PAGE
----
> leads to significant deployment problems, and as such I don't see this
> being a near-term option.
>
>
> I think you've misunderstood. There's two ways to get out of the queue for
> all the old 'Classic' traffic that hopefully will gradually all go away
> (prob over decades):
>
> 1) L4S-ECN
> For high bandwidth low delay, like Stadia you would use the ECN ECT(1)
> codepoint. Then you're cutting out about 100ms of queuing under load at the
> 99th percentile, reducing that to 1ms.
>
> 2) NQB
> The Non-Queue Building Diffserv Codepoint is for a different purpose. it's
> for unresponsive sparse traffic, e.g. traditional game sync packets, DNS,
> etc.
>
> OK, I was confused by the text below:

*Thus, applications such as online games will be able to tag their packets
with the NQB DiffServ value to indicate that they behave in a
non-queue-building way, so that LLD will be able to classify them into the
Low Latency Service Flow. *

ECN/ECT may work, we'll have to see if those markings get eaten before they
reach ISP networks.


> The deployment problems would have been with the ISPs that are offering
> the service, and they are making sure there won't be the deployment
> problems across their networks. 'Cos NQB is unlike other diffserv
> codepoints. It describes the sender behaviour, not needs or wants. So we
> can objectively test whether the traffic is complying with that behaviour
> (I've just posted an I-D documenting that for the IETF -
> draft-briscoe-q-protection). Packets of non-compliant flows that would
> cause the queue to exceed a threshold get ejected into the 'Classic' queue.
> ...That's the brief version.
>
> HTH
>
>
> Bob
>
>
> On Mon, Jul 22, 2019 at 12:35 PM Bob Briscoe <ietf@bobbriscoe.net>; wrote:
>
>> Justin, and MPOS-ers, if that's a thing.
>>
>> Here's links to the work on making sure your low latency high throughput
>> video isn't screwed up by intermittent other traffic sharing the queue.
>>
>> L4S = Low Latency Low Loss Scalable throughput (L4S) is nearing
>> completion in the transport area.
>>
>> 1/ Demo of L4S at the Jul 2015 IETF that kicked off the work Still worth
>> seeing. It shows a panoramic cloud-rendered video of a live football match,
>> panned and zoomed by finger-gestures on a tablet, over a data centre - core
>> - backhaul - 40Mb/s broadband DSL access - home network (7ms base delay),
>> with multiple TCP downloads (L4S and non-L4S) running through the same
>> queue:
>>     https://riteproject.eu/dctth/#1511dispatchwg
>> You'll see it appears to stick to the finger (sub-1ms queuing delay).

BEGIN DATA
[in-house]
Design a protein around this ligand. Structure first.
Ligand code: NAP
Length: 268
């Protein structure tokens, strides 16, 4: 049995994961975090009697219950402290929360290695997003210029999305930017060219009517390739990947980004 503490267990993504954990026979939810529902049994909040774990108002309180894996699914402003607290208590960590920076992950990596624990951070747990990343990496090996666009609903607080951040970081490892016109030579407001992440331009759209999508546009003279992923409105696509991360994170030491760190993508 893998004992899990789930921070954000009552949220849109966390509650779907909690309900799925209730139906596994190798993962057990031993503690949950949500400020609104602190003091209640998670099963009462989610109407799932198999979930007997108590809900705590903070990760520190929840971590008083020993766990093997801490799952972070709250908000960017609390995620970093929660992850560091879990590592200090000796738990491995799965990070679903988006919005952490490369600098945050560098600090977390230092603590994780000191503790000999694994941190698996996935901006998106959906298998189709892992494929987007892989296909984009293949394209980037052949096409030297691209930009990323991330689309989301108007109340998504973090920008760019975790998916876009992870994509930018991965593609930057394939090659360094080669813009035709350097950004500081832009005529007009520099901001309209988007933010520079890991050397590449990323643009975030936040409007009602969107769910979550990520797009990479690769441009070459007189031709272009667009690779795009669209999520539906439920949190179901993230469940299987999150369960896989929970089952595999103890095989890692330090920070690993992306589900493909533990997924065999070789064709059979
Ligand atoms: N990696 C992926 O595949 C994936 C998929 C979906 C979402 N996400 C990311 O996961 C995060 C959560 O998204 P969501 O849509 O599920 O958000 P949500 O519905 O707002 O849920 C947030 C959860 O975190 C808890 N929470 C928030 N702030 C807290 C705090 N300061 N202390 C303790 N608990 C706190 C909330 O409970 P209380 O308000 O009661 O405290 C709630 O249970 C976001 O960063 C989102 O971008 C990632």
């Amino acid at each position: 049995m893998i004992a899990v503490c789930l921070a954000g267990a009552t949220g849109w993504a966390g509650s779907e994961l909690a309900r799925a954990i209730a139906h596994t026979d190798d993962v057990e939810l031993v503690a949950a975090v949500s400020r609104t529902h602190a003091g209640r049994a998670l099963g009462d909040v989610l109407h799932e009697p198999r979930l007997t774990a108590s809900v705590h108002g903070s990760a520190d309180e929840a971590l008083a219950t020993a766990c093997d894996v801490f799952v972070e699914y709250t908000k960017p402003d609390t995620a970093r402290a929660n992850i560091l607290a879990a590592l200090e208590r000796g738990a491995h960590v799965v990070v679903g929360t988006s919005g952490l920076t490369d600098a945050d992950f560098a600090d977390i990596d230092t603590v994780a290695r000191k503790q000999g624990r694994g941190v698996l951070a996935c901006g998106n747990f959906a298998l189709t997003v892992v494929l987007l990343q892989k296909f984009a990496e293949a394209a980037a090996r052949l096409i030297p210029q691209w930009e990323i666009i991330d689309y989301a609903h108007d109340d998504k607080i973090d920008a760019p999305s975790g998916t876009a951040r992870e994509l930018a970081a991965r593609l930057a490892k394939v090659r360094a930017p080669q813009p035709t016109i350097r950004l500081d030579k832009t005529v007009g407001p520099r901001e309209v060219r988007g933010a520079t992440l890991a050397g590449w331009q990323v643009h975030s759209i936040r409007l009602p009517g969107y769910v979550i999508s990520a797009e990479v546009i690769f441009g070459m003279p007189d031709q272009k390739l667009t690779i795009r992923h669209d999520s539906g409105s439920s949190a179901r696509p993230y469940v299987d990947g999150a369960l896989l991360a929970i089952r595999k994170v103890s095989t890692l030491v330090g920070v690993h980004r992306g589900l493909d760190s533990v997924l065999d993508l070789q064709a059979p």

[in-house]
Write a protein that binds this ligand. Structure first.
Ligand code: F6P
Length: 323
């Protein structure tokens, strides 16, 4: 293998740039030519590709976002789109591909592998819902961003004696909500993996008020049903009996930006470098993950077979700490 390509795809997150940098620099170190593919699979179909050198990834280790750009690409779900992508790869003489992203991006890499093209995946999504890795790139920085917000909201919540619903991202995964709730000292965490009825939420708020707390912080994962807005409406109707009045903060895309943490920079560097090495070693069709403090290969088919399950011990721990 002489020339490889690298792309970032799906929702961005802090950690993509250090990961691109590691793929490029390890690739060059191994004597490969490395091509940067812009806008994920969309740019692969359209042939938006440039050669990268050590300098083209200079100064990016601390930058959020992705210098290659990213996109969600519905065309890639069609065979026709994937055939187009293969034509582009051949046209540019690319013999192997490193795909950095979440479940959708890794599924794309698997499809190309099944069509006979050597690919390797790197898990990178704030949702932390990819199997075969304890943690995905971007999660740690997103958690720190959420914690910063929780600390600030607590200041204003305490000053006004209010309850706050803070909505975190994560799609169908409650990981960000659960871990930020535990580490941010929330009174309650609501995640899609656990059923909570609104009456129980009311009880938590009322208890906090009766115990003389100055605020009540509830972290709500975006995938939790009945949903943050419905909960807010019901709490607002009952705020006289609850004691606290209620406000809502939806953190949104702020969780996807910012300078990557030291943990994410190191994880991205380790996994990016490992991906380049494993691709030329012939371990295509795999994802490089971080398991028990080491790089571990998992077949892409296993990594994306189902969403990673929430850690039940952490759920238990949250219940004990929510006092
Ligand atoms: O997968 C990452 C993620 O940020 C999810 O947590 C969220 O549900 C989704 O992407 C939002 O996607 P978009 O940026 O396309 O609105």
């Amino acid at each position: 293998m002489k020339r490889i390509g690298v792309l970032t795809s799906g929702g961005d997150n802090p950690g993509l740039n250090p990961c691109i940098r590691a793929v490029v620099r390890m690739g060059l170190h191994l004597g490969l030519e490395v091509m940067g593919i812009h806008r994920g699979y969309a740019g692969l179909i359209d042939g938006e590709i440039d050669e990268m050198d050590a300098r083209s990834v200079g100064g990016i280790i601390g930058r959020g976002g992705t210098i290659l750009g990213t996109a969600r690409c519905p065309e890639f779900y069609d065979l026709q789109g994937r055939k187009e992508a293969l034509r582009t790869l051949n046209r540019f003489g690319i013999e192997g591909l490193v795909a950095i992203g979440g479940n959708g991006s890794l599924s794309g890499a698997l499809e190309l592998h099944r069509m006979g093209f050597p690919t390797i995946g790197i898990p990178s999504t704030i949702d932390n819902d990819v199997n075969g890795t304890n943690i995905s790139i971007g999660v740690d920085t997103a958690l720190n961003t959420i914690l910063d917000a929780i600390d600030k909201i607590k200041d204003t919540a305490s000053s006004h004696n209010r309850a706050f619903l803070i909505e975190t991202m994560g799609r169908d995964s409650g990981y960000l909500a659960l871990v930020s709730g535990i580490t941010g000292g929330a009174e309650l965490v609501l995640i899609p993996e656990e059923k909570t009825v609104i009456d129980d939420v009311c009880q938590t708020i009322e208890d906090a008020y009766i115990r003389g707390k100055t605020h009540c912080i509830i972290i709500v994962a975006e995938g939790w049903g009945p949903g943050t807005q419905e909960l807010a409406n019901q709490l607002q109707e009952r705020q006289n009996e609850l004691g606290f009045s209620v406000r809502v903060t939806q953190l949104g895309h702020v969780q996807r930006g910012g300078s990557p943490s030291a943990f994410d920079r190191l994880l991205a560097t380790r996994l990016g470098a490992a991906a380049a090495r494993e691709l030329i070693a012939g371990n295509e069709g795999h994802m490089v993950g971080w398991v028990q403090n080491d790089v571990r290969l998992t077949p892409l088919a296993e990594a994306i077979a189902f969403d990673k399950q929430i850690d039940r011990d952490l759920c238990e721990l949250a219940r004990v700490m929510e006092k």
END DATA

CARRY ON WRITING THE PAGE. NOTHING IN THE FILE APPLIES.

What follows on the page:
>>
>> 2/ Low Latency DOCSIS
>> <https://www.cablelabs.com/technologies/low-latency-docsis> IETF L4S was
>> adopted for DOCSIS a couple of years ago. The updated DOCSIS specs were
>> published in Jan'19, with vendor products now planned for early 2020
>> (operators in various countries have deployment plans).
>>
>> See the annex of the white paper
>> <https://community.cablelabs.com/wiki/plugins/servlet/cablelabs/alfresco/download?id=0affb960-25f4-44f9-b747-74ad8555fd06&__hstc=217413636.3b29bbcaa0b5b68b88c232833241caa7.1556811205144.1561623882501.1563819684414.6&__hssc=217413636.1.1563819684414&__hsfp=751612915>
>> at the end of the above page entitled "Low Latency AND High Throughput: L4S"
>> There's an IETF draft of the same paper, but the pictures aren't so good
>> ;)
>>
>> 3/ Google BBRv2 will use L4S
>> At the Mar'19 IETF, Neal Cardwell announced
>> <https://datatracker.ietf.org/meeting/104/materials/slides-104-iccrg-an-update-on-bbr-00#page=9>
>> that BBRv2 will switch to exploiting L4S where the path supports it
>> ("DCTCP-inspired ECN").
>>
>> 4/ Even more impressive demo
>> <http://bobbriscoe.net/pubs.html#uld4all-demo> At the MMSYS'16 demo
>> session.
>>
>> 5/ Latency Performance Our most evil test traffic mix: 600 web session
>> arrivals per second and two TCP downloads (all half and half L4S and
>> non-L4S).
>> 99th percentile queuing delay: 2ms for /all/ the L4S packets: web and
>> downloads [see log CCDF plot
>> <https://datatracker.ietf.org/meeting/104/materials/slides-104-iccrg-implementing-the-prague-requirements-in-tcp-for-l4s-01#page=22>
>> ].
>>
>> 6/ Code? All the pieces via the code section of the landing page
>> <https://riteproject.eu/dctth/#code>
>> TCP Prague is most mature, but there's an L4S variant of rmcat SCReAM,
>> and QUIC there too.
>>
>> 7/ Are there ops issues to work through? Sure. See the ops & management
>> sections of the drafts <https://riteproject.eu/dctth/#stds-specs>;.
>> Let's discuss.
>>
>>
>>
>> Bob
>>
>>
>>
>> --
>> ________________________________________________________________
>> Bob Briscoe                               http://bobbriscoe.net/
>>
>>
> _______________________________________________
> GGIE mailing listGGIE@ietf.orghttps://www.ietf.org/mailman/listinfo/ggie
>
>
> --
> ________________________________________________________________
> Bob Briscoe                               http://bobbriscoe.net/
>
>